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Government tackles harmful pesticide issue

According to a 2007 survey from the Centre for Consultancy and Environmental Protection under the Viet Nam Sciences and Technology Association, the country has 335 stations storing pollution-causing chemicals, 240 of which cause serious pollution. Under Decision No 1946/QD-TTg, the Ministry of Agriculture and Rural Development (MARD) will oversee measures to improve the problem in those 240 stations by 2015. The remaining stations will be the focus from 2016 to 2025. If offices under MARD cannot treat the problem entirely, the Prime Minister asked that they concentrate on preventing the spread of pollution and move affected households and public offices to safer areas. The State budget is funding the work. Individuals and organisations selling and using out-of-date or forbidden substances need to reduce pollution levels and compensate affected people. "Most of the unused chemicals are imported DDT and 66 HCB, which have been prohibited in Viet Nam since the 1980s because they are harmful to people''''s health," said the centre director, Nguyen Van Lam. DDT is a strong pesticide that has been banned in developed countries since 1974 after it was found to have damaging effects on health and the environment. More than 108 tonnes of harmful substances were stored in the stations in 25 different provinces, and more than 53,000 cubic metres were soaked into the land. "In fact, the number might be much greater," Lam said. Of all the provinces, central Nghe An, Ha Tinh and Thanh Hoa provinces had the most stored chemicals, about 18 tonnes each, and experienced the greatest land pollution. Most of the stations were in rural and remote mountainous communes, but many are interspersed throughout residential areas like Do Luong, Thanh Chuong and Tan Ky districts in Nghe An Province. "A number of households smell chemical substances and use contaminated water everyday," said Lam. Nguyen Van Ha, a resident in Dong Son Commune in Do Luong District, said he had to keep his doors and windows closed because of the fumes from the nearby plant protection chemical store. "I had to have my daughter stay with my mother-in-law in another commune to prevent her from being poisoned with the smell," he said. Dao Trong Hai, head of the Dong Son Commune Health Care Centre, said the station could not confirm if the land was polluted but the number of people diagnosed with cancer increased. "In 2007, six people were diagnosed with cancer. The number rose to nine in 2008," he said. Most of the patients suffered from liver and stomach cancer. In 2009, plant protection chemicals poisoned nearly 5,000 people and killed 138, according to statistics from the Department of Preventive Medicine and Environment under the Ministry of Health. Bui Sy Doanh, Deputy Director of the Department of Plant Protection under MARD, said that scientists and environmental offices have tried to treat the chemicals in a number of ways. He said that it was not too difficult to treat unused stored chemicals, but scientists have not yet found any effective ways to treat contaminated land. "We cannot treat the land completely without some consequences," he said. The country also lacks capital for the treatment. About US$1,000 is needed to treat 1 tonne of land contaminated with plant protection substances. "The Prime Minister''''s decision can be considered a strict measure for the problem, but in the long term, treating plant protection chemicals thoroughly will still be a great challenge in Viet Nam," he added. — VNS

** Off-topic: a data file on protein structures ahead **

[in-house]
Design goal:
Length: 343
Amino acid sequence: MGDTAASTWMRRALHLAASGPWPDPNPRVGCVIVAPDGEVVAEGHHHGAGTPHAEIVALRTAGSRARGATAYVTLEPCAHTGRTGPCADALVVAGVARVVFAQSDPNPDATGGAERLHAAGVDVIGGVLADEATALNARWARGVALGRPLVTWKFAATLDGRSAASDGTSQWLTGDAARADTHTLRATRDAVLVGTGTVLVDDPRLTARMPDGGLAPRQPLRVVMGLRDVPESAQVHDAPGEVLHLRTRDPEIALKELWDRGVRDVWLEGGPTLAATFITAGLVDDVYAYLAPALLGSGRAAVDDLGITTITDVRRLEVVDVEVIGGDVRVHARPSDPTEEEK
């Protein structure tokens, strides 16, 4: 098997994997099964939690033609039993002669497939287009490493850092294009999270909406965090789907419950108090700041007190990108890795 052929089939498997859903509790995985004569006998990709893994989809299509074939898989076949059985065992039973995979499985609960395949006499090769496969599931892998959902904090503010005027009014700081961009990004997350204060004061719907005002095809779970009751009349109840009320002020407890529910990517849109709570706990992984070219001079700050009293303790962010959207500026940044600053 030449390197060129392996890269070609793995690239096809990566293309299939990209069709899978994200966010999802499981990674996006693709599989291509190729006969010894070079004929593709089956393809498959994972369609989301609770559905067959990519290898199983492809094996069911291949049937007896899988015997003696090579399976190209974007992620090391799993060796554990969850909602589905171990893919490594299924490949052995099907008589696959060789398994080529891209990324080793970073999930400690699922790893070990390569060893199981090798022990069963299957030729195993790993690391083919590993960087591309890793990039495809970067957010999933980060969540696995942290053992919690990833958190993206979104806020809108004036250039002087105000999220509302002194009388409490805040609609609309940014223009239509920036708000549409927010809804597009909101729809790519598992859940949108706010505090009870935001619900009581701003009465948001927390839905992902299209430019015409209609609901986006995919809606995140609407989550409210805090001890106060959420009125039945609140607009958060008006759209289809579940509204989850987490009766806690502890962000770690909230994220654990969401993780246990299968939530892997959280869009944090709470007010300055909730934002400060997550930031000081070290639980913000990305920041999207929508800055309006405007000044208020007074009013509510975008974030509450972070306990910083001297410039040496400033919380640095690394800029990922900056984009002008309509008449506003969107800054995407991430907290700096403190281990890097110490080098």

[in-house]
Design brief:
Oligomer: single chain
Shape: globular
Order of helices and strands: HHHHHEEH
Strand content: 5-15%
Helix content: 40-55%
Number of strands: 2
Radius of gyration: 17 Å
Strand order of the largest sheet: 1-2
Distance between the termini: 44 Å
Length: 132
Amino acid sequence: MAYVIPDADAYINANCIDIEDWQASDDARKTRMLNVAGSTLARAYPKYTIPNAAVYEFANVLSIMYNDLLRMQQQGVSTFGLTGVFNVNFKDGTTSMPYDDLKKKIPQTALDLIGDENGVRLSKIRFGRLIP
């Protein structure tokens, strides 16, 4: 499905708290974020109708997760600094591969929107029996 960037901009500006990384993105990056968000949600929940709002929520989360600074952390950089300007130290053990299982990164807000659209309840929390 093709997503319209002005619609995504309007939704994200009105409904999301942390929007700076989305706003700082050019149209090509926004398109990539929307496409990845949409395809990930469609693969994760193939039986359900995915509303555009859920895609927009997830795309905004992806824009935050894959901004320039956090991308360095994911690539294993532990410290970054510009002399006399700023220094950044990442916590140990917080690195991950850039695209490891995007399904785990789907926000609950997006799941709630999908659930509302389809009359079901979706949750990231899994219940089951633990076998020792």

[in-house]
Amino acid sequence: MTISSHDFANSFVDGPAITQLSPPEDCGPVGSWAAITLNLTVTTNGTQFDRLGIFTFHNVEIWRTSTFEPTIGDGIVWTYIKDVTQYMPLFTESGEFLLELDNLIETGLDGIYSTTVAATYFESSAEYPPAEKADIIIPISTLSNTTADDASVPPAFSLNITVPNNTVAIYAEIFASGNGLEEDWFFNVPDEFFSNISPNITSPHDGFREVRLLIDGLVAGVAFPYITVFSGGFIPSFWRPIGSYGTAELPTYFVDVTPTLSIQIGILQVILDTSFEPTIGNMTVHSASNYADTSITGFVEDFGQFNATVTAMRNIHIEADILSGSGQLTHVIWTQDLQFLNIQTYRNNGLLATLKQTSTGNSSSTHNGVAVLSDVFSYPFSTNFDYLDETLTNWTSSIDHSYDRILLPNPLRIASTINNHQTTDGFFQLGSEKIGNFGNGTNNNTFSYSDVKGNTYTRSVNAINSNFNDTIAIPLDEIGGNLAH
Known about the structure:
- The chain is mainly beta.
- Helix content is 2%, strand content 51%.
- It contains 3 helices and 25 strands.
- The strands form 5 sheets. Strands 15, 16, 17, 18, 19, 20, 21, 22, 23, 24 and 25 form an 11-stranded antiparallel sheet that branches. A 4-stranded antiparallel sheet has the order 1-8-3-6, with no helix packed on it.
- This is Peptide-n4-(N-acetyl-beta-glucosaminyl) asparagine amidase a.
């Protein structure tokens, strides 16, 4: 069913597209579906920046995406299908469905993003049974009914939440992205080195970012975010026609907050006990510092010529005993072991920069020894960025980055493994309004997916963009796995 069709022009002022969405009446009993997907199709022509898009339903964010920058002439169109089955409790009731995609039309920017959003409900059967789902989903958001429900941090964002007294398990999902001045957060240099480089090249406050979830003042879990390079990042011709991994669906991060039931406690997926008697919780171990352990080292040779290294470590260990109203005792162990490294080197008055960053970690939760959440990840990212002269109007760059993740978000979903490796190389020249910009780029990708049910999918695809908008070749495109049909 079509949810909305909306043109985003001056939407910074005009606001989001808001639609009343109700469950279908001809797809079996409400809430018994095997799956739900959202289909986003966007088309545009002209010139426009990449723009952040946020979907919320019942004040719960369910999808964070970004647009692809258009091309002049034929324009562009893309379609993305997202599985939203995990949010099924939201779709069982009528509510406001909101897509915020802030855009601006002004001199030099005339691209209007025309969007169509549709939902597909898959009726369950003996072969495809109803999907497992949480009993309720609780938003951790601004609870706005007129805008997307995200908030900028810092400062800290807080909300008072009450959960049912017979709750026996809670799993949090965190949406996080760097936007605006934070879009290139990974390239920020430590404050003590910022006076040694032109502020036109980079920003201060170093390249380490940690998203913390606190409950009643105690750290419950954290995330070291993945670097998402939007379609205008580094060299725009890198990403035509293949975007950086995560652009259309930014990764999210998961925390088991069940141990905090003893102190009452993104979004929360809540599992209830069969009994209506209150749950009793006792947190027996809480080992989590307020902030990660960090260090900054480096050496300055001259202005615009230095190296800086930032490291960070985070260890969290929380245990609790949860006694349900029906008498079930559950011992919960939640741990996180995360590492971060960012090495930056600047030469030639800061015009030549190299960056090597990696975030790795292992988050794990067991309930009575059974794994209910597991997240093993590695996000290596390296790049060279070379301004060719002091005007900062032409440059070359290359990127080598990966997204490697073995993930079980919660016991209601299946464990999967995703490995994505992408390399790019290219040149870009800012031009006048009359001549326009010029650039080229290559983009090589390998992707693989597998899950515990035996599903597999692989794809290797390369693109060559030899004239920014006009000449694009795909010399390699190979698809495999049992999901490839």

Read counts: 1398 - Updated date: 16/09/2011
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